Moving blues

I’m in a very strange position of having both 1 week only and 1 month left in Bulgaria.

Next Tuesday is the last day of school for teachers and next Wednesday, two colleagues/friends and I are embarking on a crazy 19-day Balkan road trip. This means that for all intents and purposes, I need to be packed up and done in 1 week.

However, I’m returning from the road trip around July 21, and not flying out until July 27. So in my brain I keep thinking of July 27 as the real D-Day, even though I won’t be in the apartment for the most of the time between now and then.

Most of me is SO READY TO BE DONE. All teachers out there will relate to how just plain worn out you are at the end of each school year. It’s an exhausting slog and at the end of it you sort of just want to roll over and die for a little bit. As bad as the kids get, the adults are ten times worse. The international colleagues have practically been drooling through their daydreams about the things they’re looking forward to about returning home (iced coffee being a big one in the midst of the crippling heat last week and weekend). I have been eagerly counting down the days along with the rest of them as a kind of mystical chant to Just Get Through. I posted a makeshift senior countdown calendar of sorts in my office from a wad of sticky notes – each note has a decreasing number on it, so that at the end of the day you can rip off the top one and celebrate the fact that you have only 6 days of work left.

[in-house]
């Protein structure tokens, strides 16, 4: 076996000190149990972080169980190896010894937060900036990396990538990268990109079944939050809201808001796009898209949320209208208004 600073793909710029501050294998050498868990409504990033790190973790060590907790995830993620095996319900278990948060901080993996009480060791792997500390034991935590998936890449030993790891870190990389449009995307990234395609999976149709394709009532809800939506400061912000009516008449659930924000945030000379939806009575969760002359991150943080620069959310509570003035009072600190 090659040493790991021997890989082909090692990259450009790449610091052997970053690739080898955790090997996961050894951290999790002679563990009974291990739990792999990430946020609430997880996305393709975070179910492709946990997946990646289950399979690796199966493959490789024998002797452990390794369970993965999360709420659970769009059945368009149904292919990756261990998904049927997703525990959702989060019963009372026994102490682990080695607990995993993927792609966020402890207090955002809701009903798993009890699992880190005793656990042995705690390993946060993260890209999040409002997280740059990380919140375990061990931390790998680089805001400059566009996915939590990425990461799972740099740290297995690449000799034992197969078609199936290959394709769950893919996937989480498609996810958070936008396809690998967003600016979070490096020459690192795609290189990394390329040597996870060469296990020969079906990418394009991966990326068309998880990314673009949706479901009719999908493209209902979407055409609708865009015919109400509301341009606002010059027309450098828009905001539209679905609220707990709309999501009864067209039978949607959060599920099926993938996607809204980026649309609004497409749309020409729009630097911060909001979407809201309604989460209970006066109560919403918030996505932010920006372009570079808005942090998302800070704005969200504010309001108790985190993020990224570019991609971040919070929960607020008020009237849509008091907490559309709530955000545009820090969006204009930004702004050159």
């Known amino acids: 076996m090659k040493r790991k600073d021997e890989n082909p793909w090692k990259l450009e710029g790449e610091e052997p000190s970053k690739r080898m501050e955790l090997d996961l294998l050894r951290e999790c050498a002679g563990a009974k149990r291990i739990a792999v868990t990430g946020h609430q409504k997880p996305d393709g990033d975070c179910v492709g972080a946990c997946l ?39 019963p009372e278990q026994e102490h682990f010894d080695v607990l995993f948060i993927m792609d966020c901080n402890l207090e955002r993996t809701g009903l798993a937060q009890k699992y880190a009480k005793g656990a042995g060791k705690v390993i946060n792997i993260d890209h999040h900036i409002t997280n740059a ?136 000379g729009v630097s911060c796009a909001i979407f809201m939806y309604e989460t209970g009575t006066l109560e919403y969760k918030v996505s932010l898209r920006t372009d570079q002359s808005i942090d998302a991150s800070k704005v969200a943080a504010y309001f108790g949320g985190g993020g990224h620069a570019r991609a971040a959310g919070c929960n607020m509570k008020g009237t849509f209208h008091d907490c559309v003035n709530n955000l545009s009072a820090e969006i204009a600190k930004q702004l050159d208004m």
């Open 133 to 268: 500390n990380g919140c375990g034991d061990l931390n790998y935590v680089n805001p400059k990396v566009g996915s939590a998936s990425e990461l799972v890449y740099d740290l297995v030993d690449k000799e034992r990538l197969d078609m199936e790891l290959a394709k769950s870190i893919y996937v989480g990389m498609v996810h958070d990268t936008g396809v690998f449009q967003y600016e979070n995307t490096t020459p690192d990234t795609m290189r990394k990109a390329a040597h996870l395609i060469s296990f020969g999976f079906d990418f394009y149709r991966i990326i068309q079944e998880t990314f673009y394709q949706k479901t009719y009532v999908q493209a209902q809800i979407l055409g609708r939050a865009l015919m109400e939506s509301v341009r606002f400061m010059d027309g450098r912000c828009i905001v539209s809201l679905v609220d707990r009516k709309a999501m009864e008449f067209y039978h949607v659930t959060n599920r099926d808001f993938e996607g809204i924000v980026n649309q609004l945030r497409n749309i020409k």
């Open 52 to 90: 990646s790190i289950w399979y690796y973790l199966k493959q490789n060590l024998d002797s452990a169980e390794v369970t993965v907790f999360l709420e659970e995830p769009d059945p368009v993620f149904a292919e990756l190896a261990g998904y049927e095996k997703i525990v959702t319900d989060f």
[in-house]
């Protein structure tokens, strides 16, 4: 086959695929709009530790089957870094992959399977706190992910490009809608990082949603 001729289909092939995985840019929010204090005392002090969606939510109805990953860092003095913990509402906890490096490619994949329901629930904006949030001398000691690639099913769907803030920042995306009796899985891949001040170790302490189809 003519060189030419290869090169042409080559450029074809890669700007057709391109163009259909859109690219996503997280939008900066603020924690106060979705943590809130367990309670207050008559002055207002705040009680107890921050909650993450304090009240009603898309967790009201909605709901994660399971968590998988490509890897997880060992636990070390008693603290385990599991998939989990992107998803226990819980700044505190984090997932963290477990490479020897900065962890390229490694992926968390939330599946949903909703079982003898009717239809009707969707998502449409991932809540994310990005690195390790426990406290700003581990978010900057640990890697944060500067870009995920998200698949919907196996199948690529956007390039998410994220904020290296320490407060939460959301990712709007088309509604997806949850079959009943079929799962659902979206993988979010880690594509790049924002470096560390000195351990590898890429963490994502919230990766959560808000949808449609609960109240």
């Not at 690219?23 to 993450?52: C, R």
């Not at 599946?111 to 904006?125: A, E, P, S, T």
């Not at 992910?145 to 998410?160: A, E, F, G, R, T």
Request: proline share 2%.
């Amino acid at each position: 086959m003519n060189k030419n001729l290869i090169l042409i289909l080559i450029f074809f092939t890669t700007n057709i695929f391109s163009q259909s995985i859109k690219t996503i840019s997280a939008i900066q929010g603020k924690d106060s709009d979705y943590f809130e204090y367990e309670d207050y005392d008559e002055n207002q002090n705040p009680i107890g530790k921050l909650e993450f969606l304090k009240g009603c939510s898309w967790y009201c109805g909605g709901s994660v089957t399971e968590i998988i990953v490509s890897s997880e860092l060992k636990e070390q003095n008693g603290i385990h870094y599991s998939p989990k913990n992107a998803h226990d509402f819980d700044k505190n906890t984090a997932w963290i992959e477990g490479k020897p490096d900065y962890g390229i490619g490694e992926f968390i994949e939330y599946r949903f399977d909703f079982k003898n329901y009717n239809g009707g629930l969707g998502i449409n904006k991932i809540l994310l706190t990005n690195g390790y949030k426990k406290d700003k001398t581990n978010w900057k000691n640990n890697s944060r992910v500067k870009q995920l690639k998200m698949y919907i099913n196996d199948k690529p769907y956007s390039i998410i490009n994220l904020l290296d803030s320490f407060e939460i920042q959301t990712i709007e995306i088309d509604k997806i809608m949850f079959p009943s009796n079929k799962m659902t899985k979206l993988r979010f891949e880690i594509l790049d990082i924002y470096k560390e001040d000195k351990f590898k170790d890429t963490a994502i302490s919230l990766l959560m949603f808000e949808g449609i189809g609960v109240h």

Except that I’ve failed to rip off the top sheet at the end of the day every single day since I made the calendar last week. I just forget. I’ll even look at it somewhere around 3:30 and I think about ripping it off but then think, “No, I have to wait till it’s actually the end of work hours,” and then by the time I’m actually walking off campus I’ve forgotten to do it. I do it at the beginning of the next day, which is arguably just as satisfying, if not more. But it’s like some small part of me doesn’t actually want the day to be gone, doesn’t want to leave.

Needless to say, this schizophrenic approach does not work well when you have to be packing up your apartment and selling off/giving away your stuff before everyone scatters to the four winds after school ends. I have bouts of productivity where I’m just like, THROW AWAY ALL THE THINGS!!! and then I go to pee and come back to the room and just can’t be bothered anymore.

I know it will all get done because it has to. And in the end, it doesn’t really matter if I completely strip and purge my apartment of all my belongings, because new teachers will move in and will either use or throw out (or leave behind themselves) anything they don’t want. But as is usually the case, moving is not just about the logistics, the physical act of moving. And this makes the process itself as hard as the associated emotions to pin down, box up, seal in, label, and set aside.


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